At common law, an intentional unpermitted act causing harmful or offensive contact with the "person" of another.

Battery is concerned with the right to have one's body left alone by others.

Battery is both a tort and a crime. Its essential element, harmful or offensive contact, is the same in both areas of the law. The main distinction between the two categories lies in the penalty imposed. A defendant sued for a tort is civilly liable to the plaintiff for damages. The punishment for criminal battery is a fine, imprisonment, or both. Usually battery is prosecuted as a crime only in cases involving serious harm to the victim.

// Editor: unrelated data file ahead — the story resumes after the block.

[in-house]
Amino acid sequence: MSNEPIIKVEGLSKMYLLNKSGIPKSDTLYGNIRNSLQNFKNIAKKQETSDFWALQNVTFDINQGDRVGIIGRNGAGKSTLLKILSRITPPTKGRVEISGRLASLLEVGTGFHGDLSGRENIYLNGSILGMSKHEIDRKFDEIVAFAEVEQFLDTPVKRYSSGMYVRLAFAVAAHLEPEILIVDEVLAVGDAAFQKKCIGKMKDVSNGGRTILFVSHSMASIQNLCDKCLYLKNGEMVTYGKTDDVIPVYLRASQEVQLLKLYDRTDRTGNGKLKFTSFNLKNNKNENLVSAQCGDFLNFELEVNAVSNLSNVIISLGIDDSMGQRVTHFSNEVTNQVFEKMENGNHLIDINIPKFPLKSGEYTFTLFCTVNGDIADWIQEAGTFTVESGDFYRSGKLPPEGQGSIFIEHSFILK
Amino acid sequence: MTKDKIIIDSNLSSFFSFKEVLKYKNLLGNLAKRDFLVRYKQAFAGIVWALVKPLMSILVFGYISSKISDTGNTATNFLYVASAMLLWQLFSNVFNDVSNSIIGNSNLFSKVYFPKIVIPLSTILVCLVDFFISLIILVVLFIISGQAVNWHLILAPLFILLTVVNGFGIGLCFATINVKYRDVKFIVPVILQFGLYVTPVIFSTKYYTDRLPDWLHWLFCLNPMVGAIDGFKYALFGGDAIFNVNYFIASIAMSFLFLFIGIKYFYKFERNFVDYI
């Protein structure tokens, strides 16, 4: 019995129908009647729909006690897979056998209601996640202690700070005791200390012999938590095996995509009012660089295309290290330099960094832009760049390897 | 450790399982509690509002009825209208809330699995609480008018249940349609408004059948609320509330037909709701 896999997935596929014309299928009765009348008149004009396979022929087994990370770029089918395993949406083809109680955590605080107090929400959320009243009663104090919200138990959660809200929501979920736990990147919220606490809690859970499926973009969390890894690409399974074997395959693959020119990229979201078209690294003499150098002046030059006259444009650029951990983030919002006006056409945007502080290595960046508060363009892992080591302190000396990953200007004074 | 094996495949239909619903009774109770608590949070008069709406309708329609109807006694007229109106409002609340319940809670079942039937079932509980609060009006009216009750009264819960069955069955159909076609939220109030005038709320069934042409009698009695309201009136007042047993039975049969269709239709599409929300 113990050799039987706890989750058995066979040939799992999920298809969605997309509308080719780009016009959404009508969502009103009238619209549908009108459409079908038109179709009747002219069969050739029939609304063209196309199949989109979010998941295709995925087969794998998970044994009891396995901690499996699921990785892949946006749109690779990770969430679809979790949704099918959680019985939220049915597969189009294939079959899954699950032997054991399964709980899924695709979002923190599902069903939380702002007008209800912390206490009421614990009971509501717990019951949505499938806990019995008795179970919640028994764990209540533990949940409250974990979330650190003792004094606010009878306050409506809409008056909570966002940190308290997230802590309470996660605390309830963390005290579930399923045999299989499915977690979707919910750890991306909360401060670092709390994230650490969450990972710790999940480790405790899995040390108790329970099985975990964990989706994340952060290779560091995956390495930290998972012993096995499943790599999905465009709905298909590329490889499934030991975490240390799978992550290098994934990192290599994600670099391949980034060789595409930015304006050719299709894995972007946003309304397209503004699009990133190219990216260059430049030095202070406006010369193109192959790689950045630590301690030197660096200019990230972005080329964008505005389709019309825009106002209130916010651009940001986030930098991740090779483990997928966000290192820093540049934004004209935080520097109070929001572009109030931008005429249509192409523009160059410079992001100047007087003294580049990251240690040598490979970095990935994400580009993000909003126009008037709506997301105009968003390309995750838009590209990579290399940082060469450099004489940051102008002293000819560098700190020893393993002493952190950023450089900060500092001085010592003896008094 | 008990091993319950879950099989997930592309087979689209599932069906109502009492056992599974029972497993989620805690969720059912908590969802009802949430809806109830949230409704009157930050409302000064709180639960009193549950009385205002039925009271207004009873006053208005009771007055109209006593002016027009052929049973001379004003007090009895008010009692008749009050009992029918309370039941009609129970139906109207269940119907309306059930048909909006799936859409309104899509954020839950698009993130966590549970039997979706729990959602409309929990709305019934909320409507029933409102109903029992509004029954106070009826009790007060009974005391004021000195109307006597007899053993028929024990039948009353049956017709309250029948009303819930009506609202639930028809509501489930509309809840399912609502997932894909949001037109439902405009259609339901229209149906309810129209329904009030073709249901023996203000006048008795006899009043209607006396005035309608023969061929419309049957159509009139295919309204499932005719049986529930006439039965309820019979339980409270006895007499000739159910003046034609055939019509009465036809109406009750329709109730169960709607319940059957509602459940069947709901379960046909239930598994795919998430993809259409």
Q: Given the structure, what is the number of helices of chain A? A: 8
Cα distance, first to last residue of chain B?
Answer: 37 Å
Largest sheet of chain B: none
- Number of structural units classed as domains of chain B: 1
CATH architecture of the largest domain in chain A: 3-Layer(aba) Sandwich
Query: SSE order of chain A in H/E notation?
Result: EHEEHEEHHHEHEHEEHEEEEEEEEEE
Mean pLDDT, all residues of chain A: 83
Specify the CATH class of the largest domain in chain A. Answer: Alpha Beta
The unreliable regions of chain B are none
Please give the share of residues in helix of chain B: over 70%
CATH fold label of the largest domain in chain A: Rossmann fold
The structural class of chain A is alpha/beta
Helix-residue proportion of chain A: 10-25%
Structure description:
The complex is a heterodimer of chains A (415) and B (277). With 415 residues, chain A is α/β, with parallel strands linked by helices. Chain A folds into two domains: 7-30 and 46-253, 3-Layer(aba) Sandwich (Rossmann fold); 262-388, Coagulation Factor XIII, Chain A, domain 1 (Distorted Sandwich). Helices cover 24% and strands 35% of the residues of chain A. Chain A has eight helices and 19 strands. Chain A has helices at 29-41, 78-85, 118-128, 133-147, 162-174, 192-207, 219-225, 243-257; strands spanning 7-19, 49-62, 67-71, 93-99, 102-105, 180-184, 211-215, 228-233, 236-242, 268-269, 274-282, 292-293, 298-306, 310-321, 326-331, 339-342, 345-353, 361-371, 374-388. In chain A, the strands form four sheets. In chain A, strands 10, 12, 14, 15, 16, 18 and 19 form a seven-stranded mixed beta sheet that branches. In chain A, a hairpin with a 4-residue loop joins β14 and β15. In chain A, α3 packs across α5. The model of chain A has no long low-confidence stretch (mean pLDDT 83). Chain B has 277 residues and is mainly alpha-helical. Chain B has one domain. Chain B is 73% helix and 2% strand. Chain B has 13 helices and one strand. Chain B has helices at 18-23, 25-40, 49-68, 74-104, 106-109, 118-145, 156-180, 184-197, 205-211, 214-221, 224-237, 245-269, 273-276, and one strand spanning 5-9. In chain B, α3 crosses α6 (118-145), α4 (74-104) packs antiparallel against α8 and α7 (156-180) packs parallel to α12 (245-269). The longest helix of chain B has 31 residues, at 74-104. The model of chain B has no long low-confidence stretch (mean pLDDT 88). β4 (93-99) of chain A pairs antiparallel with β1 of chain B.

The Act: The act must result in one of two forms of contact. Causing any physical harm or injury to the victim—such as a cut, a burn, or a bullet wound—could constitute battery, but actual injury is not required.

Intent: Although the contact must be intended, there is no requirement that the defendant intend to harm or injure the victim. In Tort Law, the intent must be either specific intent—the contact was specifically intended—or general intent—the defendant was substantially certain that the act would cause the contact.

Harmful or Offensive Conduct: It is not necessary for the defendant's wrongful act to result in direct